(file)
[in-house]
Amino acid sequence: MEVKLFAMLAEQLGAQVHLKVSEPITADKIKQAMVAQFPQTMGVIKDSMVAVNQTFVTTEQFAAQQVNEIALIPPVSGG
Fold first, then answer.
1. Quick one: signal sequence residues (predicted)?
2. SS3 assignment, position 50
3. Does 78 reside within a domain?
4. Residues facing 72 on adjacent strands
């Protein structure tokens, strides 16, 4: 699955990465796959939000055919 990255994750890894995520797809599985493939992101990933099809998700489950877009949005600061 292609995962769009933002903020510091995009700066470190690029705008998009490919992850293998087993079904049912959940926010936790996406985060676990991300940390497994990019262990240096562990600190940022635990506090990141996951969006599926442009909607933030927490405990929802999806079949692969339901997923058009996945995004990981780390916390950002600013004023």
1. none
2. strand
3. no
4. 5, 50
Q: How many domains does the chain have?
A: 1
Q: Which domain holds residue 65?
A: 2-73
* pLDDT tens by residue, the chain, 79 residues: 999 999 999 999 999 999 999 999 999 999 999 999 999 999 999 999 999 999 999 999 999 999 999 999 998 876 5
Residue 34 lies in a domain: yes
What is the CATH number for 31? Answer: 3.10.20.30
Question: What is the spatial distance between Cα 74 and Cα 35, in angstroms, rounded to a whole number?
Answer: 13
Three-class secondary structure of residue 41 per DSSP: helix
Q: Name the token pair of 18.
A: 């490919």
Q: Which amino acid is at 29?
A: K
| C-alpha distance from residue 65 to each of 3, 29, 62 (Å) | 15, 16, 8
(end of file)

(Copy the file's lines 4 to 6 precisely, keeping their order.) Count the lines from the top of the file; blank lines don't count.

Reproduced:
1. Quick one: signal sequence residues (predicted)?
2. SS3 assignment, position 50
3. Does 78 reside within a domain?